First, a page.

By Vicki Fullerton and Jaime Lee

It didn’t feel good, did it?

It’s the biggest check you’ll likely write all year. You just paid your property taxes.

It’s no longer a matter of if your property taxes went up, it’s how much … but this doesn’t have to be the case.

Take a second to review your property tax bill and you’ll likely see that the largest portion goes to your school district.

In fact, more than half (53.97%) of all local property taxes paid by Texas property owners in 2015 were levied by school districts, according to the Texas Comptroller’s most recent Biennial Property Tax Report.

Texas properties are in high demand, which translates to increased market value and higher appraisals, making Texas real estate a wise investment. Some blame skyrocketing local property taxes on these increased appraisals.

It’s safe to say all Texans want their properties to rise in value, so let’s not vilify increasing appraisals. But we also want a sustainable way to fund our state’s public school system.

There is a way we can realize increasing appraisals, decrease our local property tax burden, and still fund our public schools: Increase the state’s contribution to public education so property owners aren’t bearing the brunt at the local level.

This won’t be an easy task, but we at the Texas Association of Realtors agree with former State Rep. John Otto, who chaired the House Appropriations Committee in the 2015 legislative session, about how to start.

“A discussion needs to take place to determine the proper way to share public education costs between the state and local property taxes,” Otto said. “And once that goal is achieved, school districts should be able to lower their tax rates when the state no longer receives the benefit of growth in property values.”

The state used to pay a much larger share of the cost to fund public schools. It was only a few years ago that Texas public schools were funded 50% by local property taxes and 50% by the state.

Today, your share of the funding through local property taxes is about 62% and the state’s share is about 38%. This imbalance is largely because the state is benefiting from increased property values. Translation: You are paying more in local school property taxes because your property value went up as the state share decreased.

Over the next two years, it’s estimated that Texas public schools will see an additional 165,000 students at an added cost of $2.65 billion.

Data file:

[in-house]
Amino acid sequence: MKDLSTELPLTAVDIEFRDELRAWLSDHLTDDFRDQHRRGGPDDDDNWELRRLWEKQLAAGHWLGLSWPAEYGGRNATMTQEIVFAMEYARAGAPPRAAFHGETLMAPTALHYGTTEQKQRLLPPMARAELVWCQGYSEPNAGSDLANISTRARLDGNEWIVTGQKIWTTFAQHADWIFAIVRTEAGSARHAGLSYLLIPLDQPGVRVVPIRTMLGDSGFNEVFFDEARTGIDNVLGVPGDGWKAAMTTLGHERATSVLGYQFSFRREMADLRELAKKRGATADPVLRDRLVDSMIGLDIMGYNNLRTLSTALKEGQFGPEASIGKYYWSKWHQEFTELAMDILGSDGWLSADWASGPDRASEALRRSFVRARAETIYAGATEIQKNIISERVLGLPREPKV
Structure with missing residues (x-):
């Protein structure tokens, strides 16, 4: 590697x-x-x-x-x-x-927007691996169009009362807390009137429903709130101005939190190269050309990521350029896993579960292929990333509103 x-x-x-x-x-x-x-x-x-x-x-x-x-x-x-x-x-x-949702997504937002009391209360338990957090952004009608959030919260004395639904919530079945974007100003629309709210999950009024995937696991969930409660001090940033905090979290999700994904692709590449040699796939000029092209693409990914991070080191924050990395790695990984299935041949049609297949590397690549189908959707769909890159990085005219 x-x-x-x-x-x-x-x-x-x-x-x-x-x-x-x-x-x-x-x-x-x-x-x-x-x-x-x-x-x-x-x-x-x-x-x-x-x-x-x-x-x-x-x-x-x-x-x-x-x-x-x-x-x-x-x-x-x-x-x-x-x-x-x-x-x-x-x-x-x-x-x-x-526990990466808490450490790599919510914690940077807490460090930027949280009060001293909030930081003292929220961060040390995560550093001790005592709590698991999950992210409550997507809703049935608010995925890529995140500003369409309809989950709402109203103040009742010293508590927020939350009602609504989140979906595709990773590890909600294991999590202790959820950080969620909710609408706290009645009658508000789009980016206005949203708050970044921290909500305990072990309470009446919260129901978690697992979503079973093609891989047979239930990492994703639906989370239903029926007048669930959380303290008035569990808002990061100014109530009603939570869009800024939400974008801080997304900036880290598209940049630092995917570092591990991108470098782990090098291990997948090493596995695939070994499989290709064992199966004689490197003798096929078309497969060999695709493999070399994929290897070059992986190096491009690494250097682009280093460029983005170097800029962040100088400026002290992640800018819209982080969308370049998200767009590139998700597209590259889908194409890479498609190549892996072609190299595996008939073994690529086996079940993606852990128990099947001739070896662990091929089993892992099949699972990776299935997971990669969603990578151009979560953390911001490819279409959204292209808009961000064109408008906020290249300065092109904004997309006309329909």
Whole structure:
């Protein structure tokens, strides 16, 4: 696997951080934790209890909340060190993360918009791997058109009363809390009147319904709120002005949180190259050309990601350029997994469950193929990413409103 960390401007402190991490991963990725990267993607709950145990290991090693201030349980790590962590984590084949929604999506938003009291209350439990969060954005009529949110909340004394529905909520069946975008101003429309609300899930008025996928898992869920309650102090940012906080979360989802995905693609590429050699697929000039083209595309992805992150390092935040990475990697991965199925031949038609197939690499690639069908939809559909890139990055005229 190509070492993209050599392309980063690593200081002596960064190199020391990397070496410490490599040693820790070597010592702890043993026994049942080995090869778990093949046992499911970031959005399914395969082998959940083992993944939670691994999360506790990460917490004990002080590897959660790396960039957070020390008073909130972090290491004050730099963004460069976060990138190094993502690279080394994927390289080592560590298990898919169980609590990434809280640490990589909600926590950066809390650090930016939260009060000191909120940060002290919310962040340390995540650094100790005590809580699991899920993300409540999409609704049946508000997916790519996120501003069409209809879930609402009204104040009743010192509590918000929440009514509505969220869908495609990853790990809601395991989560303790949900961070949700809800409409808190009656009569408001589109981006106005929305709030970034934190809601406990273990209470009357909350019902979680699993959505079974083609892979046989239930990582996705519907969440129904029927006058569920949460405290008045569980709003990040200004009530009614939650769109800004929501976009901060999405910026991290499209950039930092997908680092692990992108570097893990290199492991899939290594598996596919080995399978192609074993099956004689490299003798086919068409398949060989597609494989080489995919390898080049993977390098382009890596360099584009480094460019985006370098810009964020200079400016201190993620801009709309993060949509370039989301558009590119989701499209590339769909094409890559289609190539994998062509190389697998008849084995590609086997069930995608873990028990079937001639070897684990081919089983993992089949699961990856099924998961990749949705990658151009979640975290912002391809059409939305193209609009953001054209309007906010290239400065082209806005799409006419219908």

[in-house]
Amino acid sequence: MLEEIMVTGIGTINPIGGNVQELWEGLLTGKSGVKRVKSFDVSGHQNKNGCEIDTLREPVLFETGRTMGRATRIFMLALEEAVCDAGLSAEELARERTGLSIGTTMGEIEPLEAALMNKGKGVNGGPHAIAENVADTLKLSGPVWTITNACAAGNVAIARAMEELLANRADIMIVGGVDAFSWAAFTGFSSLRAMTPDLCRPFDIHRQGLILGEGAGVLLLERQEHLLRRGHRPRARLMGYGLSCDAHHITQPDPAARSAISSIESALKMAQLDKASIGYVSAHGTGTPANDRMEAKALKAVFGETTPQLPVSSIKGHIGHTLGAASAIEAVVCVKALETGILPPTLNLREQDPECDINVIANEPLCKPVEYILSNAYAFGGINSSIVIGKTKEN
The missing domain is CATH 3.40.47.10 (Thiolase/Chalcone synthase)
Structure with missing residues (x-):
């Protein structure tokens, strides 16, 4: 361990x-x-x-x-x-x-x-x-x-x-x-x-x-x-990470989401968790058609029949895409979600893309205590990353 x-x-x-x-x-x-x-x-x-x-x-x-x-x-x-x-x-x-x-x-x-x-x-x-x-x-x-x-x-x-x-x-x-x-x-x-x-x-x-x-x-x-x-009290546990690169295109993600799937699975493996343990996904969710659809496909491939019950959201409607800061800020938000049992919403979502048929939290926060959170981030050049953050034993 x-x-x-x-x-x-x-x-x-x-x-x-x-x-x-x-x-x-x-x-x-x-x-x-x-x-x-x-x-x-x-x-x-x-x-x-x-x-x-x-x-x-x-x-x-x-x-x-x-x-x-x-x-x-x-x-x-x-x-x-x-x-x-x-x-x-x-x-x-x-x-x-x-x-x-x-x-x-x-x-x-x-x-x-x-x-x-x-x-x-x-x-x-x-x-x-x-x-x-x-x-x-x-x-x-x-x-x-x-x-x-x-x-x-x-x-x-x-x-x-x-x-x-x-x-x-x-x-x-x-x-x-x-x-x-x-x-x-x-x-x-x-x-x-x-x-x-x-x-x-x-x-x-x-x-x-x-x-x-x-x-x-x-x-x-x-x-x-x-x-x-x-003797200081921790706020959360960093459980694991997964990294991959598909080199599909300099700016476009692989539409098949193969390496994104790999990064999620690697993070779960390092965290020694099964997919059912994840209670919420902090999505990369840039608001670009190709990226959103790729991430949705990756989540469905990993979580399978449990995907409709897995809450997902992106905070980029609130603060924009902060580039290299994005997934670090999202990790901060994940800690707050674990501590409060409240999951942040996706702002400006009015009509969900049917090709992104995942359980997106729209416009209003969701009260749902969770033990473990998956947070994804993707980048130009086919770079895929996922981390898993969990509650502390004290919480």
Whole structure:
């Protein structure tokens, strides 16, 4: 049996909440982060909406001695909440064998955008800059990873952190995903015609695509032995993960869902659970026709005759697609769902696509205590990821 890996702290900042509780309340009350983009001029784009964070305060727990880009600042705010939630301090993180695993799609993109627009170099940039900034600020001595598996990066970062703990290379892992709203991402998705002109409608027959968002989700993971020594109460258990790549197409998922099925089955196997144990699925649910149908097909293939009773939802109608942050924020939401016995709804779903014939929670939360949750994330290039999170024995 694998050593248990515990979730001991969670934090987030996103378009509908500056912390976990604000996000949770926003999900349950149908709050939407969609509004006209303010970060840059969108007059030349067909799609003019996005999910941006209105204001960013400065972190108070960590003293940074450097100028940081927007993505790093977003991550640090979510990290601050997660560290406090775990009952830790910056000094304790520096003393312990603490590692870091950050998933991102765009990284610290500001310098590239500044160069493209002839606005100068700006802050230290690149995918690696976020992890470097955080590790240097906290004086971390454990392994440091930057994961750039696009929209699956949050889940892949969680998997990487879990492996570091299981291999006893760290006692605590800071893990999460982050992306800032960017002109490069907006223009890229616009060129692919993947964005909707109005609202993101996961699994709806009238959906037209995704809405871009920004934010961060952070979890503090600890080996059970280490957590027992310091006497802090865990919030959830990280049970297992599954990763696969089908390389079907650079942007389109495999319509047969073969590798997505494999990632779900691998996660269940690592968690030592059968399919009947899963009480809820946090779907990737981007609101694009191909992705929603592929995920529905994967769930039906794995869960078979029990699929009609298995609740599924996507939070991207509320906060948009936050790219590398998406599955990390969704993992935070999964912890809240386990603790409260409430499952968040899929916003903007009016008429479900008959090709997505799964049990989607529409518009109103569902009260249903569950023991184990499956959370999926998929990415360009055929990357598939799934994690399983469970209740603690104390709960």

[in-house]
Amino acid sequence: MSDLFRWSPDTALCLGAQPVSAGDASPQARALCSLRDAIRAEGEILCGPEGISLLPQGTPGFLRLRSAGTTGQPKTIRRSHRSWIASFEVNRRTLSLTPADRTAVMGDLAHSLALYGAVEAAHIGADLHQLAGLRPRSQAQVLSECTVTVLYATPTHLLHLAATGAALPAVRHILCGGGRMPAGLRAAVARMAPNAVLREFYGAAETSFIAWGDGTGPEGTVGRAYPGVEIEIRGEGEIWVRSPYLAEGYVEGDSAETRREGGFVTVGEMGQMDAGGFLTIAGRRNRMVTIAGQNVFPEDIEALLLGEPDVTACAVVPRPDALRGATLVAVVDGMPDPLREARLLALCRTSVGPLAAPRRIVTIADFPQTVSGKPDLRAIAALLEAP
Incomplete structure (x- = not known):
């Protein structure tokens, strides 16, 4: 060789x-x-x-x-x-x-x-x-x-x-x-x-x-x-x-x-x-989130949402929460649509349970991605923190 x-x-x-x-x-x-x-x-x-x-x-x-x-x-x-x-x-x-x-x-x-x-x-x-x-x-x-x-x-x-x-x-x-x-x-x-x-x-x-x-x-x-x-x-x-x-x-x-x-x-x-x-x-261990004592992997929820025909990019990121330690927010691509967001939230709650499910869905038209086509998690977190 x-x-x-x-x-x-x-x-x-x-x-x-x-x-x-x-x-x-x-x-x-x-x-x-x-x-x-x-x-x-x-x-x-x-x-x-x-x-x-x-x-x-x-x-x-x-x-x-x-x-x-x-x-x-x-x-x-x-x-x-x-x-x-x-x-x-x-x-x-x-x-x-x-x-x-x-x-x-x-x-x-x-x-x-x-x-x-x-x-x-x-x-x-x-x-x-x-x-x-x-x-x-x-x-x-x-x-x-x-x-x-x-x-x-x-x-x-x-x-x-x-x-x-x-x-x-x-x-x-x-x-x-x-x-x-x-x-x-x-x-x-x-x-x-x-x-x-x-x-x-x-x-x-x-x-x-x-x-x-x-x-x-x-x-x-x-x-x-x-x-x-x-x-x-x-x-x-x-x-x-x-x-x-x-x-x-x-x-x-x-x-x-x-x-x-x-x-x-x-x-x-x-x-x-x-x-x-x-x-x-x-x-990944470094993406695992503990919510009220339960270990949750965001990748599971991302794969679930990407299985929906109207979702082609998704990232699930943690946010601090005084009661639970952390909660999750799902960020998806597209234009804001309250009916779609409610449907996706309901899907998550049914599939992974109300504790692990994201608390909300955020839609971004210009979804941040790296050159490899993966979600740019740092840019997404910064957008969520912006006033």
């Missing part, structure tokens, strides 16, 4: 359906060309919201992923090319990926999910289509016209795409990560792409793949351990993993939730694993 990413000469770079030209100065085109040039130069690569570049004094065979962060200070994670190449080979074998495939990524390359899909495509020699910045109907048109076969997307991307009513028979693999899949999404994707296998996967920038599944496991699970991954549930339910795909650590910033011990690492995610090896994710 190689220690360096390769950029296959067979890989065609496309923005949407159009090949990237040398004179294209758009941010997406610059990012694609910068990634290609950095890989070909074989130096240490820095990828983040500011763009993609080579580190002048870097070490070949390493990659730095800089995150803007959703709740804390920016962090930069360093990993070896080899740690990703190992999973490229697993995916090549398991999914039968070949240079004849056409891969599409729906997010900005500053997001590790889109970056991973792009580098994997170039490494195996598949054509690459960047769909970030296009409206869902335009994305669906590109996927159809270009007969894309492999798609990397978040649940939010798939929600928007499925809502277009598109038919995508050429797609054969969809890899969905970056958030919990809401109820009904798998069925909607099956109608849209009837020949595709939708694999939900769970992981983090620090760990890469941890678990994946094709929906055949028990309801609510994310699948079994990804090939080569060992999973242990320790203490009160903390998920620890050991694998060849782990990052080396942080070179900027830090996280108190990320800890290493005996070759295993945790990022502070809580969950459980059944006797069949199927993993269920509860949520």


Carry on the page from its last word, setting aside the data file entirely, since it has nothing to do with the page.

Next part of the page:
Over that same two-year period, the state will receive the benefit of your local school property taxes growing by $3.56 billion simply because properties increased in value. This will further reduce how much the state contributes to fund schools, which will then further increase your share – and the cycle will continue.

If the Texas Legislature doesn’t act to balance state and local contributions to public education, who will pay this cost? You will.

To further complicate matters, depending on your ZIP code, your money may not stay local. There are mechanisms in place to distribute school property taxes from some so-called “property wealthy” school districts to “property poor” school districts.

So how do we resolve this situation?

Our school finance system has become so complex that taking any steps toward reform will require addressing several other areas of funding. Maybe you’ve heard terms like Robin Hood, ASATR, recapture, and golden pennies, all of which play a role in the system.

There is no easy answer to comprehensive reform, but we have to start the discussion.

Former State Sen. Florence Shapiro witnessed this firsthand when she served as chair of the Senate Education Committee from 2003-2012. “There are many issues that need to be resolved in the Texas school finance system. We have discussed fairness and distribution in the system for decades, yet an equitable solution has not been enacted.  Furthermore, the imbalance of state vs. local share of public education funding has become an increasing problem as we rely more and more on local property taxpayers’ money.  The Legislature must significantly reform the public school finance system.  There are many voices to be heard and this Legislature seems poised to listen and take action, for which I commend my former colleagues.”